Infinite Judge, Infinite Lover || Patrick Wilson

Posted on January 6th, by Patrick Wilson in Head, Unitive Sessions: Wrath. 3 comments

Infinite Judge, Infinite Lover || Patrick Wilson

When it comes to questions related to God’s wrath, there are few simple answers beyond the most basic “The Bible says it, I believe it, that settles it” variety.  Surely this is true, but the difficulties come when we try to wrap our heads around what that actually means.  The picture presented in the Scriptures is pretty complex.

In the history of Christian thought, two major trajectories for giving an account of God’s wrath have emerged.  While these are not, necessarily, mutually exclusive, they can help to clarify a bit of what is at stake in our conversation.

The first major trajectory is generally associated with the Western Christian traditions (Catholic and Protestant, broadly speaking) and will likely sound more familiar to many reading this.  In this view, God’s wrath is understood as a consequence of violating the law of God, active punishment for wicked disobedience.  It is strongly colored by what is often called “forensic” language—that is, language with legal overtones (like law, obedience, judgment).

The image of a courtroom is extremely important, here.  God has issued a command, but humanity has disobeyed.  Therefore, God sits as the infinite, supremely righteous Judge, and He finds humanity guilty-as-charged.  And for our crimes, there will be blood.  Hell is that judgment and punishment from God made permanent in a final decision against man’s sin.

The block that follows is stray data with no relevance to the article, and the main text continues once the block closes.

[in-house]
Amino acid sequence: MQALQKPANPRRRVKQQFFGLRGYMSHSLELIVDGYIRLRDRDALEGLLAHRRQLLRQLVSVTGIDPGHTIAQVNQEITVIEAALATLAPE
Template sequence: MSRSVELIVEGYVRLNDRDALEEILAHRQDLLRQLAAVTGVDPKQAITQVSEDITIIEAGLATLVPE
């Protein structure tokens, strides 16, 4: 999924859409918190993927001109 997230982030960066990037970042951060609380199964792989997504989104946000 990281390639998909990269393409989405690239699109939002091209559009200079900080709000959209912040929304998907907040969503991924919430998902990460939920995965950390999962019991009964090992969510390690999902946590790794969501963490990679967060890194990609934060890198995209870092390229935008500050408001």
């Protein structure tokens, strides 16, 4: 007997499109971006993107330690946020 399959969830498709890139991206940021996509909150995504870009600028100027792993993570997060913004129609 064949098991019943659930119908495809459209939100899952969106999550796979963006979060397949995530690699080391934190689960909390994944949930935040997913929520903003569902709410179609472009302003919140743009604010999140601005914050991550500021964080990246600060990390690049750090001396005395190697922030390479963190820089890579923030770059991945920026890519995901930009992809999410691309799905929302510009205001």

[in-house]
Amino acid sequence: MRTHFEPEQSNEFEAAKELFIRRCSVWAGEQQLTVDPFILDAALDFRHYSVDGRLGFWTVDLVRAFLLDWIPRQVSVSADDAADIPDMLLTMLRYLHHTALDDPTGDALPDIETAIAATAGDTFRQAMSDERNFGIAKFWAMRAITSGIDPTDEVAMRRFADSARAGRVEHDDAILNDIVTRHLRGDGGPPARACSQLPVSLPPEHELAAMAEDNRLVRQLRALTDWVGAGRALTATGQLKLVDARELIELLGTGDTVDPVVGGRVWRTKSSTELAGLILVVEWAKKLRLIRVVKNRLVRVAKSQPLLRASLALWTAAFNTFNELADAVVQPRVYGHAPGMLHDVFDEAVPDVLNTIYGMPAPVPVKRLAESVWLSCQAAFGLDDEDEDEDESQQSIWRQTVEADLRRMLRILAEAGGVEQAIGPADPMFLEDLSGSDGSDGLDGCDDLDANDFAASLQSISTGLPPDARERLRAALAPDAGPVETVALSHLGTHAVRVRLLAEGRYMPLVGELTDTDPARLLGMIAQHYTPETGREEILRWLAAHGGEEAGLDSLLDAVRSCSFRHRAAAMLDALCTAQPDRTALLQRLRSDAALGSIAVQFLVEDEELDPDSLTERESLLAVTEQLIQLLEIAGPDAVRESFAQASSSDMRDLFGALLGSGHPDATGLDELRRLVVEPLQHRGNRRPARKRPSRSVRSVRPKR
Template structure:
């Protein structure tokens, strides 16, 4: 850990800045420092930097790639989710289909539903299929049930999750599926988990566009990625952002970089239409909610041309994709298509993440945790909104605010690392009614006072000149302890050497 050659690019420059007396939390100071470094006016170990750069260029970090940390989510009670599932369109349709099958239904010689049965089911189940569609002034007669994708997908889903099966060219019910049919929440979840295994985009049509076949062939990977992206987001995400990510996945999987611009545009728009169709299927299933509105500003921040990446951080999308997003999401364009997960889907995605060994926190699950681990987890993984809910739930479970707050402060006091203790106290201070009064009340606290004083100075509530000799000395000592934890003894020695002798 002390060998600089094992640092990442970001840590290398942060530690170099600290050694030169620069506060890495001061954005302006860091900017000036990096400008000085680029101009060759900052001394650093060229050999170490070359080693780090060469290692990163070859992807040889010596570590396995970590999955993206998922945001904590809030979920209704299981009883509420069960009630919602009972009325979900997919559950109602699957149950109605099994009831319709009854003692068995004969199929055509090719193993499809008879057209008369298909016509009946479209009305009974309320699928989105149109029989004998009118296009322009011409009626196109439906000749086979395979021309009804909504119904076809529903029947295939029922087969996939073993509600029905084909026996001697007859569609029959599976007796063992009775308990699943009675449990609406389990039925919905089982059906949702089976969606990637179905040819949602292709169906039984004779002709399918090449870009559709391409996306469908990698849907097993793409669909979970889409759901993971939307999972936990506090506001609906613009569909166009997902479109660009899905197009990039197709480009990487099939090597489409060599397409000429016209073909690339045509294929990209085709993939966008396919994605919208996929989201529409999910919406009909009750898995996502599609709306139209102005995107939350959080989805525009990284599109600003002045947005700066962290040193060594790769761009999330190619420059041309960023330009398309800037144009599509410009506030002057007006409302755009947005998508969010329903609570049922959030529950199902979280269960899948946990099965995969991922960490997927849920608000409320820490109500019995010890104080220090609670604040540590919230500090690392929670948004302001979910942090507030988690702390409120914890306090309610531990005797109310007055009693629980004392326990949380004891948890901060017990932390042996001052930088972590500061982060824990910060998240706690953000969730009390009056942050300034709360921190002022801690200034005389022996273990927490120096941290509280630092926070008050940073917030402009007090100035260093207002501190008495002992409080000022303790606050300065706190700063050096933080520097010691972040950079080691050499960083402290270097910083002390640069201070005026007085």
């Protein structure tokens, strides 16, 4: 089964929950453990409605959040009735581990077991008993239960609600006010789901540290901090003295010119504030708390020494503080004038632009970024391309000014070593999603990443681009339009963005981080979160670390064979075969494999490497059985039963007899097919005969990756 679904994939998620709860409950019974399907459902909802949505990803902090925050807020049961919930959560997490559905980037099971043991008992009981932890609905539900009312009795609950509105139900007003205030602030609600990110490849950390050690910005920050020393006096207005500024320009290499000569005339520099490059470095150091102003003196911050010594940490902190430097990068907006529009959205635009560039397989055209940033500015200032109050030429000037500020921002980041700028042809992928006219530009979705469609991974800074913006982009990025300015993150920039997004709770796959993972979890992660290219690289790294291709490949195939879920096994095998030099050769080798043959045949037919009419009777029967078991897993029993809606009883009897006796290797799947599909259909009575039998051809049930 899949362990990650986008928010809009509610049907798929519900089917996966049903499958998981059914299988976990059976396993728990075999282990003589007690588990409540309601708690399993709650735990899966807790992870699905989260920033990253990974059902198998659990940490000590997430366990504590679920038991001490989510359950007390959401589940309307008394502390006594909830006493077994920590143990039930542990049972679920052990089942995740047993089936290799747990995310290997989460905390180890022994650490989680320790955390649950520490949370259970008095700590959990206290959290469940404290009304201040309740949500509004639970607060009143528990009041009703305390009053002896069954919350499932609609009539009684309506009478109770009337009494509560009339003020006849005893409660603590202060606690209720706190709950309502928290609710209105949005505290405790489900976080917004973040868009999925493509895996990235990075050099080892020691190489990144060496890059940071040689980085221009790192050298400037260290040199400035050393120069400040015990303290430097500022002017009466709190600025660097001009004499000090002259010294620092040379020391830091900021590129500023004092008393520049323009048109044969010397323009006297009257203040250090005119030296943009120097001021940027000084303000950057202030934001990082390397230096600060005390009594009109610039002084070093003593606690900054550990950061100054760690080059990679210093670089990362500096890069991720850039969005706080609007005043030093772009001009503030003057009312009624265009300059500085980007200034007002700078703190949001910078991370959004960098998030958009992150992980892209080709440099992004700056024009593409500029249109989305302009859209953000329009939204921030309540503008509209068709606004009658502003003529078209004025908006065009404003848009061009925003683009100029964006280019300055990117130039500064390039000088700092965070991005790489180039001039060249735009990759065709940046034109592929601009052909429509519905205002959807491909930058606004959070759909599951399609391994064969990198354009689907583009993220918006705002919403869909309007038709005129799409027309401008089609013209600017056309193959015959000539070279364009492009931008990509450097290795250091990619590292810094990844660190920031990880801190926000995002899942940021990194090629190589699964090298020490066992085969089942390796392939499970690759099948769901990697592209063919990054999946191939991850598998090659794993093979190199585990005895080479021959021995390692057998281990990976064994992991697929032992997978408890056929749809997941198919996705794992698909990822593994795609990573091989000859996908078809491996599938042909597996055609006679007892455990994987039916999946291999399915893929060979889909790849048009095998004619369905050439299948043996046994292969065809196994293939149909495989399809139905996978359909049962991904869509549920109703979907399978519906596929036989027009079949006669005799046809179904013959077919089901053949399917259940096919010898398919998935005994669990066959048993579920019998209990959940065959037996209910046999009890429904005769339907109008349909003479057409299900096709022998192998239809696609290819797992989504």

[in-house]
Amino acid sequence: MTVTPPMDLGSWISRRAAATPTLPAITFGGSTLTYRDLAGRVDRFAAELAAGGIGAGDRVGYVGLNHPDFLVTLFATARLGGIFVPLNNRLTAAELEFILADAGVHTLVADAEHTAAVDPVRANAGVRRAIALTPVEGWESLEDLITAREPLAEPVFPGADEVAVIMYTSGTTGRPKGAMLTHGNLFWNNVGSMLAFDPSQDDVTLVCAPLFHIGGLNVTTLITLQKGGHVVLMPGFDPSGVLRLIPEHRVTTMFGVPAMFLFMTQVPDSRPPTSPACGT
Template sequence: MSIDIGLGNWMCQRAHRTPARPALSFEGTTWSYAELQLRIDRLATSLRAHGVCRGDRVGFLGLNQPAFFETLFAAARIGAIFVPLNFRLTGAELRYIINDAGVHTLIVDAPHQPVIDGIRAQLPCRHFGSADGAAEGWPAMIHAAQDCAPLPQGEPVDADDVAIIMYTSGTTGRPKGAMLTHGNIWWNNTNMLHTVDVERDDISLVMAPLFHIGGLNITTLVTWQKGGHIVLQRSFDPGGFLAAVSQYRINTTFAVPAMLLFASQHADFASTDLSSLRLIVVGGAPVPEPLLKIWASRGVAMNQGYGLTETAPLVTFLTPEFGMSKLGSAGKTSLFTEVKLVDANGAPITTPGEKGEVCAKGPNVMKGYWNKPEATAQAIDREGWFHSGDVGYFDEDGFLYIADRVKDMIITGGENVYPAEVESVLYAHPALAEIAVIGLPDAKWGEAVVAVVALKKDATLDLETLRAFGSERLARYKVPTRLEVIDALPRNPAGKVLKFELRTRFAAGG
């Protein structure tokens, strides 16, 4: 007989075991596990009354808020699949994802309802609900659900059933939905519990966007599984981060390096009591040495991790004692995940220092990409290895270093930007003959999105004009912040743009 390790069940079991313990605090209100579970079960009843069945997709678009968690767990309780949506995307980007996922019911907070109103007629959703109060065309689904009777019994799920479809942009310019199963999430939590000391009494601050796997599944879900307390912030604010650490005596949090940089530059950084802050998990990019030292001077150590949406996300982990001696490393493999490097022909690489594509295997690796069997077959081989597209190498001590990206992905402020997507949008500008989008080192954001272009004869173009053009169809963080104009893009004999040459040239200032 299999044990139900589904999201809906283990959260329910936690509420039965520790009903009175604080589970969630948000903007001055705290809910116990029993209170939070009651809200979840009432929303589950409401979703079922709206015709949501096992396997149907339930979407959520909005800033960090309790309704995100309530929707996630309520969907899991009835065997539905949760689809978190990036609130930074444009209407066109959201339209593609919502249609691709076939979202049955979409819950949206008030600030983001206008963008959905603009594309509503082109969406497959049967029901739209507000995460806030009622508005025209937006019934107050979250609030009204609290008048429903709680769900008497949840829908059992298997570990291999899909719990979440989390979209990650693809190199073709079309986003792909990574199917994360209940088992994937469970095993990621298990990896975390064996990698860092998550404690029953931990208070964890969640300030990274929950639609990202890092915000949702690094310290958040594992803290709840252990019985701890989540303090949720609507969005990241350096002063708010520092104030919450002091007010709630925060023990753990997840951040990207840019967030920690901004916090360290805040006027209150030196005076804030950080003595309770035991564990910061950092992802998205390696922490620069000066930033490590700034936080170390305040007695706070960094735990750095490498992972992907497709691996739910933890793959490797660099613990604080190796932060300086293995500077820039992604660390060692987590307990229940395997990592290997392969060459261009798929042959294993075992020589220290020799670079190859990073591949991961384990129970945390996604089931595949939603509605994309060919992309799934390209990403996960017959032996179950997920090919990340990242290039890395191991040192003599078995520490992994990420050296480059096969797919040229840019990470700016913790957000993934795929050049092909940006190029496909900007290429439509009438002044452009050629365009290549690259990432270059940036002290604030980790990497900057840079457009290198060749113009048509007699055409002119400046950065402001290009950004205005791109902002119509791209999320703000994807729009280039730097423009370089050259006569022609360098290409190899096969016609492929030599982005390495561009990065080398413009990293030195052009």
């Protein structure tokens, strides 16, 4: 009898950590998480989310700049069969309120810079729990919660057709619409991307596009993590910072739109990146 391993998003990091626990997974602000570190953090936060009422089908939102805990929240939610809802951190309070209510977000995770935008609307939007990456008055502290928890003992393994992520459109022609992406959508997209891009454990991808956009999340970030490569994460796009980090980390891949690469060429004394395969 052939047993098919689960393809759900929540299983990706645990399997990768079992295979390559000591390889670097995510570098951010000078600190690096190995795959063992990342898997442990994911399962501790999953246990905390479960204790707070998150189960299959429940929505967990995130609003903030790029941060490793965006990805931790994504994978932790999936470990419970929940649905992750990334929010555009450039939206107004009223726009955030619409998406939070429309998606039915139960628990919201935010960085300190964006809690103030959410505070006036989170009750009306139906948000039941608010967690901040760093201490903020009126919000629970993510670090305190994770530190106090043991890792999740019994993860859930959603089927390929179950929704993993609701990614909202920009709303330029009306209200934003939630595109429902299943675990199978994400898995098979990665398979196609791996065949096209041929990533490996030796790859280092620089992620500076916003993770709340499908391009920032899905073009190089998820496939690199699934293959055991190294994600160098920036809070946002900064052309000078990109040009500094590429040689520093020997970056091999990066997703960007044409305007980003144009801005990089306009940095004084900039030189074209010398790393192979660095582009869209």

However, there is another way of considering God’s wrath, one sometimes associated with the Orthodox thought of the Eastern churches.  These Christians have (again, broadly speaking) tended to cast these issues in a far more relational way.  While acknowledging the validity of more “legal” sounding language, there is some discomfort in giving the image of a Divine Judge the center stage.

Sin doesn’t provoke a change in God, causing Him to stand over-against us and expel us from His holy presence.  Rather, God simply remains who He has been and always will be: a holy, unchanging, Consuming Fire.  He is a God whose definitive characteristic is the infinite, gratuitous love eternally given and received mutually by the Father, Son, and Holy Spirit.  God does not change, God does not suffer.  He is a perfect, unassailable fountain of infinite love given without end, and nothing, not even the most heinous instance of human depravity, can cool His fire.

Now, for some of us, this is a real head-scratcher.  How could a God like that ever be meaningfully described as “wrathful,” like the Bible clearly indicates?

Let me offer an example related to my one-year old.  My family recently moved into a new house which has a total death-trap of a staircase leading to the basement.  The stairs are super narrow, super steep, and they transition halfway down from solid wood to unforgiving concrete.  Unfortunately, our young drooler has fixated on trying to crawl down them head first.  You can tell he’s headed that way because the sound of his hands slapping the floor as he crawls gets louder and faster as he motors toward the steps.  So, we deliver a clear warning: “No, no, little one.  You’ll get hurt if you go over there.”  Despite the gentle tone, it’s a serious warning related to serious danger.  The consequence of making good on his impulse will be serious injury or maybe even worse.  We wised up after a bit and put up a baby gate.